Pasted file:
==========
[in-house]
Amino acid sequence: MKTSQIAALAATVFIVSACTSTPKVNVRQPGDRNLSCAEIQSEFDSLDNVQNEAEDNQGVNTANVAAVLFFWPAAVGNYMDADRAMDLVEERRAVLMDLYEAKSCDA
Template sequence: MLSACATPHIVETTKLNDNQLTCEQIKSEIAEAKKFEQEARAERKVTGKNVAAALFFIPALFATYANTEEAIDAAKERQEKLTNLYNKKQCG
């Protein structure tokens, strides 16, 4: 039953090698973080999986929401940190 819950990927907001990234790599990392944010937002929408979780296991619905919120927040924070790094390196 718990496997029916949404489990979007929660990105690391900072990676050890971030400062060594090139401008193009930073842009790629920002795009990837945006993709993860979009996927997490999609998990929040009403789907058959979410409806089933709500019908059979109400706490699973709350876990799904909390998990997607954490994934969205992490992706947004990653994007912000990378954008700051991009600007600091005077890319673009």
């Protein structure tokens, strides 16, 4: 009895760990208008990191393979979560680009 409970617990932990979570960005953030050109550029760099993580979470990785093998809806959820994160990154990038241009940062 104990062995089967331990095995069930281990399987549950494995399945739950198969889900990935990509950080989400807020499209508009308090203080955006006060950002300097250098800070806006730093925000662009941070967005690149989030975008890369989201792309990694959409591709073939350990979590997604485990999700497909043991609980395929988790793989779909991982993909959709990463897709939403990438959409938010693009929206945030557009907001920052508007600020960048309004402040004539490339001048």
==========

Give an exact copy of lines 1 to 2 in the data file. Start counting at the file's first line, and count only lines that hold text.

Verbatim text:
[in-house]
Amino acid sequence: MKTSQIAALAATVFIVSACTSTPKVNVRQPGDRNLSCAEIQSEFDSLDNVQNEAEDNQGVNTANVAAVLFFWPAAVGNYMDADRAMDLVEERRAVLMDLYEAKSCDA